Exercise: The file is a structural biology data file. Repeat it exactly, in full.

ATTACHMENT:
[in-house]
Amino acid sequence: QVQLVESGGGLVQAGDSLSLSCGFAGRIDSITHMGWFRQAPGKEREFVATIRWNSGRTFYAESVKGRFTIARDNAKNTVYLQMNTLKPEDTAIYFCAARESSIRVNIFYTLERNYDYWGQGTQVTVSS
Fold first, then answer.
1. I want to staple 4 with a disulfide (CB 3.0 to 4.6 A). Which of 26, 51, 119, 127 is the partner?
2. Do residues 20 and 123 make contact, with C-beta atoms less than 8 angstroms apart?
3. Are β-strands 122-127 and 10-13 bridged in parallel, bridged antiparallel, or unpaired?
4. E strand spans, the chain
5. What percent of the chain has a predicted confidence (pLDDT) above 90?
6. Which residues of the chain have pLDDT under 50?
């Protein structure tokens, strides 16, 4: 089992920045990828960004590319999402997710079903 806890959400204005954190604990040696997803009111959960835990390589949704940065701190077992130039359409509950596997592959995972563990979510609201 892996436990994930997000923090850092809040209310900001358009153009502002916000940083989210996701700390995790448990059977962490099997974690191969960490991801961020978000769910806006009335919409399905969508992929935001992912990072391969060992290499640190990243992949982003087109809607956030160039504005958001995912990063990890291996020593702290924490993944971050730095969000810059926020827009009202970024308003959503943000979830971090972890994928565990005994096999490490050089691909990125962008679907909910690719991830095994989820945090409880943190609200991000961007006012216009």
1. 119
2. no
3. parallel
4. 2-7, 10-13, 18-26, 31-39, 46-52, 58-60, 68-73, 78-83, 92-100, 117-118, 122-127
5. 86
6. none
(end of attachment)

[in-house]
Amino acid sequence: QVQLVESGGGLVQAGDSLSLSCGFAGRIDSITHMGWFRQAPGKEREFVATIRWNSGRTFYAESVKGRFTIARDNAKNTVYLQMNTLKPEDTAIYFCAARESSIRVNIFYTLERNYDYWGQGTQVTVSS
Fold first, then answer.
1. I want to staple 4 with a disulfide (CB 3.0 to 4.6 A). Which of 26, 51, 119, 127 is the partner?
2. Do residues 20 and 123 make contact, with C-beta atoms less than 8 angstroms apart?
3. Are β-strands 122-127 and 10-13 bridged in parallel, bridged antiparallel, or unpaired?
4. E strand spans, the chain
5. What percent of the chain has a predicted confidence (pLDDT) above 90?
6. Which residues of the chain have pLDDT under 50?
């Protein structure tokens, strides 16, 4: 089992920045990828960004590319999402997710079903 806890959400204005954190604990040696997803009111959960835990390589949704940065701190077992130039359409509950596997592959995972563990979510609201 892996436990994930997000923090850092809040209310900001358009153009502002916000940083989210996701700390995790448990059977962490099997974690191969960490991801961020978000769910806006009335919409399905969508992929935001992912990072391969060992290499640190990243992949982003087109809607956030160039504005958001995912990063990890291996020593702290924490993944971050730095969000810059926020827009009202970024308003959503943000979830971090972890994928565990005994096999490490050089691909990125962008679907909910690719991830095994989820945090409880943190609200991000961007006012216009």
1. 119
2. no
3. parallel
4. 2-7, 10-13, 18-26, 31-39, 46-52, 58-60, 68-73, 78-83, 92-100, 117-118, 122-127
5. 86
6. none